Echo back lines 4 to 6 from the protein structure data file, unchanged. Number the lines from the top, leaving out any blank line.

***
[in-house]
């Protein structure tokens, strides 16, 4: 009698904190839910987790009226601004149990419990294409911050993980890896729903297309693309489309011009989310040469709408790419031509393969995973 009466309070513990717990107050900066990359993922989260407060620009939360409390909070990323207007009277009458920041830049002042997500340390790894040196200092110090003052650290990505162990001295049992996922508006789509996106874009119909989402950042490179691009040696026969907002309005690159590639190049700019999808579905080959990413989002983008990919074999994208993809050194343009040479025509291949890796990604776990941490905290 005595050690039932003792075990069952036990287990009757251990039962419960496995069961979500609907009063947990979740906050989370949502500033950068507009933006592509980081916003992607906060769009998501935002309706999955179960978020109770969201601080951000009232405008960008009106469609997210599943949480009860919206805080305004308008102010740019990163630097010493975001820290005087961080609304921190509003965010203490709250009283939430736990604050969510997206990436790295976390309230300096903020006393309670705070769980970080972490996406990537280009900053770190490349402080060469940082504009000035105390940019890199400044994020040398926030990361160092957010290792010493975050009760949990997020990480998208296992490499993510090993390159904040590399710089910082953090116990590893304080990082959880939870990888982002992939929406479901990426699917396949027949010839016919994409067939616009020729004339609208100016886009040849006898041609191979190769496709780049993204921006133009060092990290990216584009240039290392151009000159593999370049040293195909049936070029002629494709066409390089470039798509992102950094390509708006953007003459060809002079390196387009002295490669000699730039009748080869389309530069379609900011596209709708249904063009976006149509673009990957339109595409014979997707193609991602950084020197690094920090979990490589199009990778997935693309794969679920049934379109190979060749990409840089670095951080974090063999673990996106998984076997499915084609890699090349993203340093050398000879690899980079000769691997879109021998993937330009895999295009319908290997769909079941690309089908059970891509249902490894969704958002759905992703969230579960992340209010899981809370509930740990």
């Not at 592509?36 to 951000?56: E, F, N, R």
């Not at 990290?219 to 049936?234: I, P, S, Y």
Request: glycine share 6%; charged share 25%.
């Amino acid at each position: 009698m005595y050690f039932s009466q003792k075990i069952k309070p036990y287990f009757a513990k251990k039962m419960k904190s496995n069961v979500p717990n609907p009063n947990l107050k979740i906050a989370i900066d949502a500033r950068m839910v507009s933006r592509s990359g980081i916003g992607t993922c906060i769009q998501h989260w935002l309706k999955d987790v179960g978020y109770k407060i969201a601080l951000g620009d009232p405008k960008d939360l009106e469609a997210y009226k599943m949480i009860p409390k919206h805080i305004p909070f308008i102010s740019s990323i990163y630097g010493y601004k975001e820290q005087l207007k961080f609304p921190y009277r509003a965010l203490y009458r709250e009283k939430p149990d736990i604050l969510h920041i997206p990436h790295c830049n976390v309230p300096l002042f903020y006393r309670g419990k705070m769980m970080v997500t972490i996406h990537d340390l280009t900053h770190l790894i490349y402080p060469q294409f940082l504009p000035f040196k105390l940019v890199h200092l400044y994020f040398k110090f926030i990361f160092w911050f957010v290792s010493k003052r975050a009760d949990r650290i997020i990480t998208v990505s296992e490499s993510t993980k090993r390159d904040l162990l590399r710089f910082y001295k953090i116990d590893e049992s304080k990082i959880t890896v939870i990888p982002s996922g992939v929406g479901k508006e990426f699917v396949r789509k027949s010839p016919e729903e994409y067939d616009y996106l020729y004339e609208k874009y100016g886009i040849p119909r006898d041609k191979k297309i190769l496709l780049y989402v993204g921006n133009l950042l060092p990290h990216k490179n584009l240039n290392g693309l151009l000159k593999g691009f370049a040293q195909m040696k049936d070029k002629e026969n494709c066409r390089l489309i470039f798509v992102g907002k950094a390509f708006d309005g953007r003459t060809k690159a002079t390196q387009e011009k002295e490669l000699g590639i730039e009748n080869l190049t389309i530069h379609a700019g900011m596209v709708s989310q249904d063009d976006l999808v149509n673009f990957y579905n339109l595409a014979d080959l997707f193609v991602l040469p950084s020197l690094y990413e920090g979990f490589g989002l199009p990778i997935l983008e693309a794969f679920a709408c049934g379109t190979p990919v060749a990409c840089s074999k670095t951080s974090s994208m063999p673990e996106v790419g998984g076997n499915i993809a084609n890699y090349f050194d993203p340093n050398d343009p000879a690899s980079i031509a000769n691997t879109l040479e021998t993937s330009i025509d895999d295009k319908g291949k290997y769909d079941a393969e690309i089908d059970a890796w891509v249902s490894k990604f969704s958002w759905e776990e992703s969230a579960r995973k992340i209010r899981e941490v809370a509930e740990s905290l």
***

């Not at 990290?219 to 049936?234: I, P, S, Y």
Request: glycine share 6%; charged share 25%.
């Amino acid at each position: 009698m005595y050690f039932s009466q003792k075990i069952k309070p036990y287990f009757a513990k251990k039962m419960k904190s496995n069961v979500p717990n609907p009063n947990l107050k979740i906050a989370i900066d949502a500033r950068m839910v507009s933006r592509s990359g980081i916003g992607t993922c906060i769009q998501h989260w935002l309706k999955d987790v179960g978020y109770k407060i969201a601080l951000g620009d009232p405008k960008d939360l009106e469609a997210y009226k599943m949480i009860p409390k919206h805080i305004p909070f308008i102010s740019s990323i990163y630097g010493y601004k975001e820290q005087l207007k961080f609304p921190y009277r509003a965010l203490y009458r709250e009283k939430p149990d736990i604050l969510h920041i997206p990436h790295c830049n976390v309230p300096l002042f903020y006393r309670g419990k705070m769980m970080v997500t972490i996406h990537d340390l280009t900053h770190l790894i490349y402080p060469q294409f940082l504009p000035f040196k105390l940019v890199h200092l400044y994020f040398k110090f926030i990361f160092w911050f957010v290792s010493k003052r975050a009760d949990r650290i997020i990480t998208v990505s296992e490499s993510t993980k090993r390159d904040l162990l590399r710089f910082y001295k953090i116990d590893e049992s304080k990082i959880t890896v939870i990888p982002s996922g992939v929406g479901k508006e990426f699917v396949r789509k027949s010839p016919e729903e994409y067939d616009y996106l020729y004339e609208k874009y100016g886009i040849p119909r006898d041609k191979k297309i190769l496709l780049y989402v993204g921006n133009l950042l060092p990290h990216k490179n584009l240039n290392g693309l151009l000159k593999g691009f370049a040293q195909m040696k049936d070029k002629e026969n494709c066409r390089l489309i470039f798509v992102g907002k950094a390509f708006d309005g953007r003459t060809k690159a002079t390196q387009e011009k002295e490669l000699g590639i730039e009748n080869l190049t389309i530069h379609a700019g900011m596209v709708s989310q249904d063009d976006l999808v149509n673009f990957y579905n339109l595409a014979d080959l997707f193609v991602l040469p950084s020197l690094y990413e920090g979990f490589g989002l199009p990778i997935l983008e693309a794969f679920a709408c049934g379109t190979p990919v060749a990409c840089s074999k670095t951080s974090s994208m063999p673990e996106v790419g998984g076997n499915i993809a084609n890699y090349f050194d993203p340093n050398d343009p000879a690899s980079i031509a000769n691997t879109l040479e021998t993937s330009i025509d895999d295009k319908g291949k290997y769909d079941a393969e690309i089908d059970a890796w891509v249902s490894k990604f969704s958002w759905e776990e992703s969230a579960r995973k992340i209010r899981e941490v809370a509930e740990s905290l």